Glimpse into marine private lives
Tuesday 15th March 2011
New book helps raise awareness of UK’s Living Seas
Marine misbehaviour is the order of the day in Paul Naylor’s new book, Great British Marine Animals (third edition). Wrangling limpets, aggressive gobies, toxic sea slugs, deceptive cuttlefish and free-loading worms and crabs have all been caught in the act by the marine photographer.
Great British Marine Animals is for anyone who loves the sea, wildlife or exploring our coast. The book unveils fresh aspects of the fascinating behaviour of common animals, and helps identify a wider range of species. More than 240 of the 600 photographs are new.
Paul Naylor is a real champion of the conservation cause. This book reflects the sheer wonder of the life on our shores and in our seas
Examples of unusual behaviour witnessed in the wild, and captured on camera, by Paul for Great British Marine Animals, include:
• Mesmerising meals: Cuttlefish can flash up different patterns on their bodies to distract their prey as they grab it. In one location, where there were 20 hunting, they got so used to Paul and his camera they performed this trickery right in front of him.
• Ganging up on the enemy: Paul documents previously unrecorded behaviour by gobies (small fish): harassing a predatory sea anemone by biting its tentacles and flicking sand over it, until it closes up and presents less of a threat.
• Get off my patch! Limpets are herbivorous but not always peaceful grazers; they can sometimes be found ramming or prising a competitor from their territory. Paul even found a pair continuing to battle at low tide, when they would usually be clamped tight to a rock.
• Chemical deterrent in action: Sea slugs have to rely on chemical deterrents for defence as they have no other protection, but it is rare to see the system in action. Paul captured a goby nibbling a colourful sea slug then quickly spitting it out. The goby would have eaten a prawn, equivalent in size, in one gulp.
Through revealing these and many other intriguing habits, and documenting a wide range of species known to our seas, Paul hopes his book will help raise awareness of the wonder of underwater life, and encourage support for organisations involved in marine conservation, such as The Wildlife Trusts and the Marine Conservation Society.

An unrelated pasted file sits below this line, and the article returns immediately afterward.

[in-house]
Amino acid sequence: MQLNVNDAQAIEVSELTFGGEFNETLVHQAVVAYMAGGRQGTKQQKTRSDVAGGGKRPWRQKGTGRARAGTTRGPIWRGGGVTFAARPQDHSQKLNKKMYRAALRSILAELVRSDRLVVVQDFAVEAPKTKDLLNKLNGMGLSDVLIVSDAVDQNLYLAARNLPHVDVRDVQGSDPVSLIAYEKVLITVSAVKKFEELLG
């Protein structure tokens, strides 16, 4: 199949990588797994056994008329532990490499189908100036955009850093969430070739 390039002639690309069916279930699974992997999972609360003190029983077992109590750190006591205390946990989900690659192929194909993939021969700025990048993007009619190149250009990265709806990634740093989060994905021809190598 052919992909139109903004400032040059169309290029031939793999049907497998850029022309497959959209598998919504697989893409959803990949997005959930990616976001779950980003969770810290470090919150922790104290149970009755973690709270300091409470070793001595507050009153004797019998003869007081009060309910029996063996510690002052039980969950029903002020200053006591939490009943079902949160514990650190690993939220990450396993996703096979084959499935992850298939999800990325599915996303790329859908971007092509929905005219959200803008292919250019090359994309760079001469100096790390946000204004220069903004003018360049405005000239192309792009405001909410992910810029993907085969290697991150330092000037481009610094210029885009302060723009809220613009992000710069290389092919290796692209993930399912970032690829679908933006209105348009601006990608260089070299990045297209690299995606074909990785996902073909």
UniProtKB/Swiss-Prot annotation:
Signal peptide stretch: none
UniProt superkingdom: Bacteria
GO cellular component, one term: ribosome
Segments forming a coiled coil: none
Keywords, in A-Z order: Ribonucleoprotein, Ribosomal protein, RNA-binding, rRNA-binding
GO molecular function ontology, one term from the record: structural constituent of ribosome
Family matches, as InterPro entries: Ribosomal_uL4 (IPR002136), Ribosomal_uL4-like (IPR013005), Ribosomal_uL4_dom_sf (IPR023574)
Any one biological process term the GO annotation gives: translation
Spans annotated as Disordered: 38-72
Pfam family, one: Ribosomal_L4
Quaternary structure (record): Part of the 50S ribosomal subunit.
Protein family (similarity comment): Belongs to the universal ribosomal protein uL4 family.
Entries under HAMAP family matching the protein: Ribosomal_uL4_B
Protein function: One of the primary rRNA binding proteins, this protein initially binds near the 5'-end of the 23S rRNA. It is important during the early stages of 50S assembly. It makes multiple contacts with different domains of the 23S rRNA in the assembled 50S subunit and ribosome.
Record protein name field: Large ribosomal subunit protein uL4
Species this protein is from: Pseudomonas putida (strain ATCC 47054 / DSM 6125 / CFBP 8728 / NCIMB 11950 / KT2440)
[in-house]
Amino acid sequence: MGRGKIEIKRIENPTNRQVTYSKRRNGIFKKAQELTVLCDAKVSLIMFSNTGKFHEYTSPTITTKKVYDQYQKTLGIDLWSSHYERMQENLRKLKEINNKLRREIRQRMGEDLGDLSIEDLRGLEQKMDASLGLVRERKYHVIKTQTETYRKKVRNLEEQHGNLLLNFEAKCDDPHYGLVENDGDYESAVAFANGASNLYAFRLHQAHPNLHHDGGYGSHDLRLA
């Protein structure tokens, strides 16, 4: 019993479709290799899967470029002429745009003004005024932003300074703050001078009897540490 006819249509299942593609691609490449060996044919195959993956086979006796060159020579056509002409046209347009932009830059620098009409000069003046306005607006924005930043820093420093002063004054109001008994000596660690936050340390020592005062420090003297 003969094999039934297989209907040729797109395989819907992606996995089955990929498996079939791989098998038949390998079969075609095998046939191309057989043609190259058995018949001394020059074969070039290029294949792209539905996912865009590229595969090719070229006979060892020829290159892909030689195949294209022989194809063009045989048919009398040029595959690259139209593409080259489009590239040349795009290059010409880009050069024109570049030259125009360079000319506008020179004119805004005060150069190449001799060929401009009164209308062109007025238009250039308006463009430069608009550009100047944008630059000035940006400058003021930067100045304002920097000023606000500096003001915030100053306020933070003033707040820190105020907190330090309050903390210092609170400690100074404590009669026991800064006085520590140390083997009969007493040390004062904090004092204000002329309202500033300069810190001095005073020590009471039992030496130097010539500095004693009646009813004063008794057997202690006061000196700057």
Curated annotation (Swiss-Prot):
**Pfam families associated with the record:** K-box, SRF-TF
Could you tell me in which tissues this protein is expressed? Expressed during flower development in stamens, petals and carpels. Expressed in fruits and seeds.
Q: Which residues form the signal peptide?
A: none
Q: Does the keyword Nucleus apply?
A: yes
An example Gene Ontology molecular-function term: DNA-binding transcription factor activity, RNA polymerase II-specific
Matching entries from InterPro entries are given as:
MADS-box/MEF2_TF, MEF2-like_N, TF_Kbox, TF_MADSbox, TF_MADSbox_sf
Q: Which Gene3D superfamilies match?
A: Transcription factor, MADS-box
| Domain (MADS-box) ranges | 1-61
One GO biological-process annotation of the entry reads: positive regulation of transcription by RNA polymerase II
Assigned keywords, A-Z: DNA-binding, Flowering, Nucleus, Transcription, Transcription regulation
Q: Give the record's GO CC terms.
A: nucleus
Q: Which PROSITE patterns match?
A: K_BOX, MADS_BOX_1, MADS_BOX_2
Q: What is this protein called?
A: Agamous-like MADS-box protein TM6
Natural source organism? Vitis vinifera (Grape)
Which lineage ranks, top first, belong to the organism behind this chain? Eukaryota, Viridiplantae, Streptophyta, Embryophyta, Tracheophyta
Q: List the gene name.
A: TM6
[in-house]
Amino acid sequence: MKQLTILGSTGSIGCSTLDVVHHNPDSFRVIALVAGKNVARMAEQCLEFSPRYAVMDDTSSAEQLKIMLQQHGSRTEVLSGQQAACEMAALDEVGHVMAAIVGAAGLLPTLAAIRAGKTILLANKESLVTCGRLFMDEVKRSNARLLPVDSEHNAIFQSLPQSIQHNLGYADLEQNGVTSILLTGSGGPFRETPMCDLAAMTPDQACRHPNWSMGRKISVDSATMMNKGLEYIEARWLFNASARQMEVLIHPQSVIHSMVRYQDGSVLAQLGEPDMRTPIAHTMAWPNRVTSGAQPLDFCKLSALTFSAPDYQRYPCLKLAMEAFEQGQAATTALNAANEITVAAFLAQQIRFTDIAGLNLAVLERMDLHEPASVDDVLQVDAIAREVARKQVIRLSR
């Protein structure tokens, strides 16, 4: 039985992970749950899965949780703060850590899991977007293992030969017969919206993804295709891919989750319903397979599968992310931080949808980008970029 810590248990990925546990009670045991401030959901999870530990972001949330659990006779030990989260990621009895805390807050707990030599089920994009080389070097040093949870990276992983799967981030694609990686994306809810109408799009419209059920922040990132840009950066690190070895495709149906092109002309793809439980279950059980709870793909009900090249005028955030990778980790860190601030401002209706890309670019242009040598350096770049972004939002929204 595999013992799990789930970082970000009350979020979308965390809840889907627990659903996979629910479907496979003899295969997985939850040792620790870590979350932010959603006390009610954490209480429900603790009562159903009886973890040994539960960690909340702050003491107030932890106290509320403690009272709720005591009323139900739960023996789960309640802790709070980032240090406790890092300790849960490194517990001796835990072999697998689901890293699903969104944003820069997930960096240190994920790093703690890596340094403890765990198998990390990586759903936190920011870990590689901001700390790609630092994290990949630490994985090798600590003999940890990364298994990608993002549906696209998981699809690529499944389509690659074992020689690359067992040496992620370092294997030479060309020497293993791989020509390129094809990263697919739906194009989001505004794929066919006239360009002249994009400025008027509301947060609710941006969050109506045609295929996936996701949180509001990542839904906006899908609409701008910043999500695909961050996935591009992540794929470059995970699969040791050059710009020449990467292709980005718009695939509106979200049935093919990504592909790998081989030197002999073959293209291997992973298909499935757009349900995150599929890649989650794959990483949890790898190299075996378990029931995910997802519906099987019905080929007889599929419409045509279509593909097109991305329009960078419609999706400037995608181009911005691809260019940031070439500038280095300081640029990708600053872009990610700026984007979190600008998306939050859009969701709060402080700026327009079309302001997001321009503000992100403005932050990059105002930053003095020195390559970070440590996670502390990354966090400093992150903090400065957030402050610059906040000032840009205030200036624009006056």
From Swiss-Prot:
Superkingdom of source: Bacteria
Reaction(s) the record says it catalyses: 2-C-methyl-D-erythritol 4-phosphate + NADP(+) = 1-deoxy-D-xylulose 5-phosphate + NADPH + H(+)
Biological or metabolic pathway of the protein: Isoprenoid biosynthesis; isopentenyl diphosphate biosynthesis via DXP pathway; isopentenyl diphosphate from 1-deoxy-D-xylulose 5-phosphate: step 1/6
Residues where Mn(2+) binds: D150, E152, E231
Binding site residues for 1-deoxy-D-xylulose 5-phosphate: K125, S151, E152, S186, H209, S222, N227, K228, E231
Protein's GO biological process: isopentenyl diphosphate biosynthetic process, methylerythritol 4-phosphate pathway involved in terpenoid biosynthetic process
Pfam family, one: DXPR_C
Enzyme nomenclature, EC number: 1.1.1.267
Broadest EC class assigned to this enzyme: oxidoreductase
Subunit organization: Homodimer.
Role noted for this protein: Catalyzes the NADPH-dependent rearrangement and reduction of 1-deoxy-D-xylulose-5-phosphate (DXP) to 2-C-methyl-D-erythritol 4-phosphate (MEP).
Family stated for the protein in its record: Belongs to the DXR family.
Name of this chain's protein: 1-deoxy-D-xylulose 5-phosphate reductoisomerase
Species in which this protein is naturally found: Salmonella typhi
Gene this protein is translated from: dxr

Great British Marine Animals (third edition), will launch at The Wildlife Trusts’ Living Seas conference from Tues 15 – Wed 16 March, where staff from across The Wildlife Trusts movement will gather in Birmingham to discuss how to secure a healthy future for the UK’s seas.
Paul said: “Through the efforts of organisations such as The Wildlife Trusts and the Marine Conservation Society, awareness of the marine wonders around our shores is growing. However, many still regard our seas as ‘grey and uninteresting’, which could reinforce an attitude of indifference to how we treat them.
“It is vital for those who are passionate about our marine life to continue to spread the word, and I would very much like to believe this book can help in some way. Important progress is being made in marine conservation but there is still much more to do. Organisations which raise awareness of the marine environment and take action to protect it need our support.”
Joan Edwards, Head of Living Seas for The Wildlife Trusts, said: “The seas around the UK have the potential to be among the most productive and wildlife-rich on Earth – yet all too often this diverse and beautiful world is forgotten. Paul Naylor’s book, with its clear descriptions and breathtaking images, helps us to explore this watery world. Paul introduces many charismatic species found in our seas, from anemones, jellyfish and worms to sea snails, octopus and fish.
“Our seas are suffering, their resources and habitats depleted. The Wildlife Trusts believe we can return them to their former glory, so that they are ‘Living Seas’ once more. Paul’s photography is playing an important part in this process – inspiring us all to get involved in protecting this fragile environment, and to cherish our seas for years to come.”
Sam Fanshawe, Marine Conservation Society Director, said: “Paul Naylor is a real champion of the conservation cause. This book reflects the sheer wonder of the life on our shores and in our seas – life that we must all take action to protect, if future generations are to continue to be amazed by the animals so beautifully described in this guide.”
Story by RSWT